Music Community
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Music Community
Korean choir in folk costumes (2010)

A music community is a group of people involved in a given type of music. Typically such a community has an informal, supportive structure. In the past such groups have typically developed within a town or school, where the members can meet physically. The internet has made it possible for a more dispersed music community to use the web for communication, either via specialized websites or through broader social media. Ethnographic studies indicate that online music communities do not center around one website, but use a network of sites, including personal blogs, artist or publisher sites and social media.

General

The musician and musicologist Mícheál Ó Súilleabháin has broadly defined a music community as "a group of interested participants who agree on the form and content of the music and its social contexts".[1] A music community may be taken to mean a group of people with strong ties who often come together to play and talk about music, but a sense of community may also come from a national educational system that connects young people to their cultural heritage and traditions.[2] A more restrictive view limits the term "music community" to teachers, composers, performers and the music distribution industry.[3]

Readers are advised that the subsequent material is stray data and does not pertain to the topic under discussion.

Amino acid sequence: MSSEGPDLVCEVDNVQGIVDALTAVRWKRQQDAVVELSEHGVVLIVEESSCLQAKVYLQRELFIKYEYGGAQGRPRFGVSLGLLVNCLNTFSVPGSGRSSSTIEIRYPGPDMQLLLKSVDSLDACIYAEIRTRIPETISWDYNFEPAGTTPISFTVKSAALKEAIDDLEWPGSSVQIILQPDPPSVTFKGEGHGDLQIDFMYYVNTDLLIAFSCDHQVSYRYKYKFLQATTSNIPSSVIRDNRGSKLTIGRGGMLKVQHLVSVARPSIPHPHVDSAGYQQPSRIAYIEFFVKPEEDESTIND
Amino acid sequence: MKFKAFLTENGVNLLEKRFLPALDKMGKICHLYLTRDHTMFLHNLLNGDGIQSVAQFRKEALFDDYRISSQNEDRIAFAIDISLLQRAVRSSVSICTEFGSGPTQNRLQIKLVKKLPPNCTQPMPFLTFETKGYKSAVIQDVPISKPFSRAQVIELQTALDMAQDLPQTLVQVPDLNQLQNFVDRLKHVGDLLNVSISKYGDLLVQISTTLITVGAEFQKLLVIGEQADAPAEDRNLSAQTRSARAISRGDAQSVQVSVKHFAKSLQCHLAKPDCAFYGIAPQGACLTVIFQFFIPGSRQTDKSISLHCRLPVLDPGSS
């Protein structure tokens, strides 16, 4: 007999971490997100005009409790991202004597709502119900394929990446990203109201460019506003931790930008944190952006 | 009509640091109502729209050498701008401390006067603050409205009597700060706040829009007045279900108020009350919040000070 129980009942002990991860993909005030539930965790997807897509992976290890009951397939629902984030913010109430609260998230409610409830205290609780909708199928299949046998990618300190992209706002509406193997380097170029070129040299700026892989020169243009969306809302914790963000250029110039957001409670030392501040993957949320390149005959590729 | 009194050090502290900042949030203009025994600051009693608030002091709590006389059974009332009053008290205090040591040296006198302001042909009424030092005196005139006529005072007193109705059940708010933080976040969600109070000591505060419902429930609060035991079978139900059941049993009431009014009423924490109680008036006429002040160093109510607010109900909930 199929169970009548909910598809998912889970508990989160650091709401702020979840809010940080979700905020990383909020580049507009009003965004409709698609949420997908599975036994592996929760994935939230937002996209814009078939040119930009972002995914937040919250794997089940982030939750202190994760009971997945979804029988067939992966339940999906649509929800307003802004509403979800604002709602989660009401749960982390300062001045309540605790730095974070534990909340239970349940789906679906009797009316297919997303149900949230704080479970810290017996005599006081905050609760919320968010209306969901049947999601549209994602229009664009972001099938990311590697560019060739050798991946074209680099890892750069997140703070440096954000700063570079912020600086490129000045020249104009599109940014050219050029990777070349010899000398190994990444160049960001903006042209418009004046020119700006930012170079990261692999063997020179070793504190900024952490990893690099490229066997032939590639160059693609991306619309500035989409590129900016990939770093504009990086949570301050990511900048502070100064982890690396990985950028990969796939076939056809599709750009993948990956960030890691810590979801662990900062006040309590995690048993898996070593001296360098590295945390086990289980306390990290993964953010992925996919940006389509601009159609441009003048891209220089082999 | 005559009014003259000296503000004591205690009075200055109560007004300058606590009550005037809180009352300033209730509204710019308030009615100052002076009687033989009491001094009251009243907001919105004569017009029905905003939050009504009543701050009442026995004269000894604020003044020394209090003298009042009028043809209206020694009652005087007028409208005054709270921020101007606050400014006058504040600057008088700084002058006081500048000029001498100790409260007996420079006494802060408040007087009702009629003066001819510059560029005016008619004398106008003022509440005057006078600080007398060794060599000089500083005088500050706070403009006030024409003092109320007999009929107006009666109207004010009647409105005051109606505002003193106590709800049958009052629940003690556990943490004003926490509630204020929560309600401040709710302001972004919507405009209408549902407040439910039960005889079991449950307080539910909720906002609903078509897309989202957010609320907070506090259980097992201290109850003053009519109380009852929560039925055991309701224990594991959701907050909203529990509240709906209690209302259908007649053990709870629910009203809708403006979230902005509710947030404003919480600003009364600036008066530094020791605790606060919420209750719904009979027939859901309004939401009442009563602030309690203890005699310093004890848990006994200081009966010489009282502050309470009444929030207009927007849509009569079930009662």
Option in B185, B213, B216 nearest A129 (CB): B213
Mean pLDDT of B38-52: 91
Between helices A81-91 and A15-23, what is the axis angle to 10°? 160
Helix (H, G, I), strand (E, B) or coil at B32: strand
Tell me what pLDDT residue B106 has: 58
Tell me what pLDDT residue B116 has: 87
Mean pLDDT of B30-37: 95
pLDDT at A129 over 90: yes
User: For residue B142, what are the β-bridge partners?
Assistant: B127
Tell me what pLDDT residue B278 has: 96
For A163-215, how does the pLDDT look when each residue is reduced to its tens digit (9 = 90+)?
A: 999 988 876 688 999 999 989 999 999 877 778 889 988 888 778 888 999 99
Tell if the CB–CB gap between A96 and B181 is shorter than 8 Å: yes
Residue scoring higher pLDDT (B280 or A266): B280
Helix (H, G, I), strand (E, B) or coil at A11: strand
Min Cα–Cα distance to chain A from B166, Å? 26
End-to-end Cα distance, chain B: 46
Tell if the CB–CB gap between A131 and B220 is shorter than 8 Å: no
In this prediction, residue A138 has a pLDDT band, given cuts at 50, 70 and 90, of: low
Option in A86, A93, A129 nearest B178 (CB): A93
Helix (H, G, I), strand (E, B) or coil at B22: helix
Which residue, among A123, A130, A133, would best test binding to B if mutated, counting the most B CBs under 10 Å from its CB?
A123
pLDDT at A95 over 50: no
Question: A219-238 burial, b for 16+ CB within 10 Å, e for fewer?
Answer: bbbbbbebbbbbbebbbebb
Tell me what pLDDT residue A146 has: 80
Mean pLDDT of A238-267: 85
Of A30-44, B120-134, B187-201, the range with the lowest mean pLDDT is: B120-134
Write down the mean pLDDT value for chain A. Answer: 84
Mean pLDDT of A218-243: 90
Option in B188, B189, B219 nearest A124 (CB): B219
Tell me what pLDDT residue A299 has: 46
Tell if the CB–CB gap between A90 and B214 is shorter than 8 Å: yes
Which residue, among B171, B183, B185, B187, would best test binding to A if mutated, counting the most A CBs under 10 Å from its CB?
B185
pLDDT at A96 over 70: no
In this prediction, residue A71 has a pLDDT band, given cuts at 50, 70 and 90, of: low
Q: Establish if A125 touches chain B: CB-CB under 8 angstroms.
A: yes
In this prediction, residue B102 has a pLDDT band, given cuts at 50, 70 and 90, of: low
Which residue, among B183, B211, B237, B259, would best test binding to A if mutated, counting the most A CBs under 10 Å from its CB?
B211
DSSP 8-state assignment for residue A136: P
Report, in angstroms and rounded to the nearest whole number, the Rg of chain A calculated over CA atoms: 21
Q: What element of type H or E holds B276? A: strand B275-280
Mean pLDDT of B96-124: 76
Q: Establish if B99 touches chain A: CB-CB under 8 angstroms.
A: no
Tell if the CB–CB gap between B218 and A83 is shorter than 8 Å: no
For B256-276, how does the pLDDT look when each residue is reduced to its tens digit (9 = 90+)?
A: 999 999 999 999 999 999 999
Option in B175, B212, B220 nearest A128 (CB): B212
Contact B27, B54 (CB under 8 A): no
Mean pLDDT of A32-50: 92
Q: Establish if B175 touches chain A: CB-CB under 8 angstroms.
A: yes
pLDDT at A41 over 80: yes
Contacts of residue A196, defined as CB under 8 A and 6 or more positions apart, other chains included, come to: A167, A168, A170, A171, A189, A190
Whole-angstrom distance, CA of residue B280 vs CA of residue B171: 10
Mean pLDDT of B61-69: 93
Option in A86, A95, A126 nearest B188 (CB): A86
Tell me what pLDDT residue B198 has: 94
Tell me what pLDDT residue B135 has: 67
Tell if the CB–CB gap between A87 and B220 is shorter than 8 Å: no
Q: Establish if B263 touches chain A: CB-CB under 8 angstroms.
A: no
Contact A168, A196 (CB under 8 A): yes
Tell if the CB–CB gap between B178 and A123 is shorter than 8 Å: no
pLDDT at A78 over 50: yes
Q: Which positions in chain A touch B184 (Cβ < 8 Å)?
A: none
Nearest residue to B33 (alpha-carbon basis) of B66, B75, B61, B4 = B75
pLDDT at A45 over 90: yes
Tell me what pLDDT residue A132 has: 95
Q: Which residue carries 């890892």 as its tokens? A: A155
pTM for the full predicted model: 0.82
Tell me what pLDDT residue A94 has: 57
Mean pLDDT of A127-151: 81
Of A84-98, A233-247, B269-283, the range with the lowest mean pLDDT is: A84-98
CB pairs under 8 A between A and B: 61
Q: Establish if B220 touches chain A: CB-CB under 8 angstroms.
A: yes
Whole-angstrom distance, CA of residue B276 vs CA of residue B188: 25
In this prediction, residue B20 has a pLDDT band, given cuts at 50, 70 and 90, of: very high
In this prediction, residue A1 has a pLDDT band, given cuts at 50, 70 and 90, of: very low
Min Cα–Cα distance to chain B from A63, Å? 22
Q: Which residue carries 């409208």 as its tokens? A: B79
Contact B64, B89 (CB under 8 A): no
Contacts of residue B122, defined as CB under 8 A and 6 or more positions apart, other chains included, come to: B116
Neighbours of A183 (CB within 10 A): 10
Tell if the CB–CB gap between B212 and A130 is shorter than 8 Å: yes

The concept of music communities is well-developed in ethnomusicology. A large part of this discipline consists of studies of groups of people who frequently exchange and communicate musical material.[4]

Barry Shank, writing in 1994 of Rock and roll in Austin, Texas, used the word "subculture" to define the shifting meanings and membership of musical communities, or cultural spaces. Will Straw built on this work, replacing the term "subculture" by "scene".[5] Straw saw a "scene" as relatively transient, while a music community is more stable. He wrote in 1991 that a music community engages in "an ongoing exploration of one or more musical idioms said to be rooted within a geographically specific historical heritage."[6] Disputing Straw's characterization, later writers have pointed out that music communities may be mobile and transient.[7]